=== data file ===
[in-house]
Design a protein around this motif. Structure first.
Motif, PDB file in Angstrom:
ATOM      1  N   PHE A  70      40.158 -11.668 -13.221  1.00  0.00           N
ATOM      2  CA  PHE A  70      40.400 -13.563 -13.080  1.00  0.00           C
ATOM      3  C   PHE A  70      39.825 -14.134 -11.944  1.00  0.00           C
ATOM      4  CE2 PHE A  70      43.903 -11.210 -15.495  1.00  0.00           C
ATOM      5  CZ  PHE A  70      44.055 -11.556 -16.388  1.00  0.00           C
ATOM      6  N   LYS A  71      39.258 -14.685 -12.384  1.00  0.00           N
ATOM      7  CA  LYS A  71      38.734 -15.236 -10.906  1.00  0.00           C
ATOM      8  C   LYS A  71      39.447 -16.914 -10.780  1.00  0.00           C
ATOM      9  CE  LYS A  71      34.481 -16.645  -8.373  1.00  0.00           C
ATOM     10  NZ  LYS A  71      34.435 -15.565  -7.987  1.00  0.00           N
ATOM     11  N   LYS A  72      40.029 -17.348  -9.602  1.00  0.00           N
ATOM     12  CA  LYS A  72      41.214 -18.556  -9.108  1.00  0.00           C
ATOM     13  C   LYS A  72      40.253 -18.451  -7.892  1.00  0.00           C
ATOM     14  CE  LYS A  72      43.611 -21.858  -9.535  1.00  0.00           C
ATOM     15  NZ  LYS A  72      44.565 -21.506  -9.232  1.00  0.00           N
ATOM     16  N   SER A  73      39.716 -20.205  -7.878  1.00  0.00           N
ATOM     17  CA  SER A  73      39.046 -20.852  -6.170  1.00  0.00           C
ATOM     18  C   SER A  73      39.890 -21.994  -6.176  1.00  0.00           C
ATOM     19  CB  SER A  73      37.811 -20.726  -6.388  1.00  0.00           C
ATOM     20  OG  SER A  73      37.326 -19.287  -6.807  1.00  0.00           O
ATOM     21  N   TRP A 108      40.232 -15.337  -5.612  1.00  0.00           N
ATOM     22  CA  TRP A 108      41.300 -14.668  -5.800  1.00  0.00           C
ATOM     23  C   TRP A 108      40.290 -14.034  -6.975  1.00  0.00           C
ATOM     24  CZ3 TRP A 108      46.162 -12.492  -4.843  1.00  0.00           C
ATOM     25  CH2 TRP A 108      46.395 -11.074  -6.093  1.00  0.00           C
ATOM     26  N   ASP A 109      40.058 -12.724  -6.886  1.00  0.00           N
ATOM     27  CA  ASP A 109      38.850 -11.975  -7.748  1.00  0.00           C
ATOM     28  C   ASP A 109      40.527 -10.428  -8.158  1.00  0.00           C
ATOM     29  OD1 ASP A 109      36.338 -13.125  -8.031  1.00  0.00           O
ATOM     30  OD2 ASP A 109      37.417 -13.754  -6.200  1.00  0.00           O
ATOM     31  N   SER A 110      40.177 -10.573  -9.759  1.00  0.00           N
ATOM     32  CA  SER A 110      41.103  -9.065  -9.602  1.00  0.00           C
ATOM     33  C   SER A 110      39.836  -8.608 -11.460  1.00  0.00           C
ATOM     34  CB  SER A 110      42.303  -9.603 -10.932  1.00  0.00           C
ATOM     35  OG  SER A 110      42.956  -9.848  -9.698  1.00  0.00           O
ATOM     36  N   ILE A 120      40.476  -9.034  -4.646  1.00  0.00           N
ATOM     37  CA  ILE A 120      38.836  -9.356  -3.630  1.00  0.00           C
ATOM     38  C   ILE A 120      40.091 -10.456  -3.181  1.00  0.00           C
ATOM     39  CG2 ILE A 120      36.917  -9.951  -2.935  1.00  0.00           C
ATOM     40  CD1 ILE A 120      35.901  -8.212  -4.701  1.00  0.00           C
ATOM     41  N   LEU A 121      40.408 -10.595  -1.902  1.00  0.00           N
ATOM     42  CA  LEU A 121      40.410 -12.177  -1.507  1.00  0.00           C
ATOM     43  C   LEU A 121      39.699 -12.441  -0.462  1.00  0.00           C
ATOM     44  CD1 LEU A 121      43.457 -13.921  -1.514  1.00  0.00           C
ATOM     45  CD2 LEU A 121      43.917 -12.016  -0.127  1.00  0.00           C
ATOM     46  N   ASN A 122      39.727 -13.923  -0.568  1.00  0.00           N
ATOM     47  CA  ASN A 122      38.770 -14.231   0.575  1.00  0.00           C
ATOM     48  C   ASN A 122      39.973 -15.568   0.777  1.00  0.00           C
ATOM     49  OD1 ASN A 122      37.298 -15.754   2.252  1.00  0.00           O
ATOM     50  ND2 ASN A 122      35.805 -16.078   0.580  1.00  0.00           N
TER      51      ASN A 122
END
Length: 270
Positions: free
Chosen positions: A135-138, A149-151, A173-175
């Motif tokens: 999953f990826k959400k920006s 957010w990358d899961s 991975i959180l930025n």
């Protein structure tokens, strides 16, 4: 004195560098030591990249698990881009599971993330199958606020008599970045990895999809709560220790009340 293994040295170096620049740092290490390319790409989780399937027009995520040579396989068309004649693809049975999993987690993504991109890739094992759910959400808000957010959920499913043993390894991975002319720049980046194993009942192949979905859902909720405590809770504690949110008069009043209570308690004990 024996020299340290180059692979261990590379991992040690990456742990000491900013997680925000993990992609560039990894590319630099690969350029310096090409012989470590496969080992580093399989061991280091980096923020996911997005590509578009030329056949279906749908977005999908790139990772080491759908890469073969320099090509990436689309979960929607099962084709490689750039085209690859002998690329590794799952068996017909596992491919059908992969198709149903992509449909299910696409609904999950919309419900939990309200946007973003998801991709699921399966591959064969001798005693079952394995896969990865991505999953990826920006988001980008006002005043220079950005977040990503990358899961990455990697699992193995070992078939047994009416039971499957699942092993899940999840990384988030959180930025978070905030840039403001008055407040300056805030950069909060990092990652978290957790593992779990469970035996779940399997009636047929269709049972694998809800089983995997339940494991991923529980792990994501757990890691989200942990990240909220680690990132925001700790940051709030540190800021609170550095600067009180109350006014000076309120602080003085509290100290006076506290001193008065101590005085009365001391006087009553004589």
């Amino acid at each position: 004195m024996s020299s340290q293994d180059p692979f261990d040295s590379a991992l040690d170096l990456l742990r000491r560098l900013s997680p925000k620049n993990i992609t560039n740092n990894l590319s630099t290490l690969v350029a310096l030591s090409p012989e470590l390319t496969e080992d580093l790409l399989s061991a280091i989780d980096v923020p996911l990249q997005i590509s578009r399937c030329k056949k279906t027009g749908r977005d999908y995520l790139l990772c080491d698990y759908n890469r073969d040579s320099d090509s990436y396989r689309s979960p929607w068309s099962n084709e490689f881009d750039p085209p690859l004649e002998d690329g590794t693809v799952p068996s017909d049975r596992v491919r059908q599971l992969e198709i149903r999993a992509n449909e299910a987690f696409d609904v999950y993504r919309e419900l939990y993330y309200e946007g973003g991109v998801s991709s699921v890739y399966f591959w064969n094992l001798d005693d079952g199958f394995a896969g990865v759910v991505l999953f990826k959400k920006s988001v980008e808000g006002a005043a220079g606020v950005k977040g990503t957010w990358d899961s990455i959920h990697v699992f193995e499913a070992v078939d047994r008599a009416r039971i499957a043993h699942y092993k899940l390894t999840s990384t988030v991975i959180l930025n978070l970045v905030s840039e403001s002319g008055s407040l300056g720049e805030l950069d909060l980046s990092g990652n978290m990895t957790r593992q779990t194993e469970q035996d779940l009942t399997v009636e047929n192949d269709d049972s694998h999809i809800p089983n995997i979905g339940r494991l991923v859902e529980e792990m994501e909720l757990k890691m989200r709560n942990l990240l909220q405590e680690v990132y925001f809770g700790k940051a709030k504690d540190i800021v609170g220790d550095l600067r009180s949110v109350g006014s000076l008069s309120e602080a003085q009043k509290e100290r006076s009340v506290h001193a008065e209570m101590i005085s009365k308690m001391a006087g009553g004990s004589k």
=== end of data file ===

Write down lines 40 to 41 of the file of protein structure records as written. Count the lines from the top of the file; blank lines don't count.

ATOM     37  CA  ILE A 120      38.836  -9.356  -3.630  1.00  0.00           C
ATOM     38  C   ILE A 120      40.091 -10.456  -3.181  1.00  0.00           C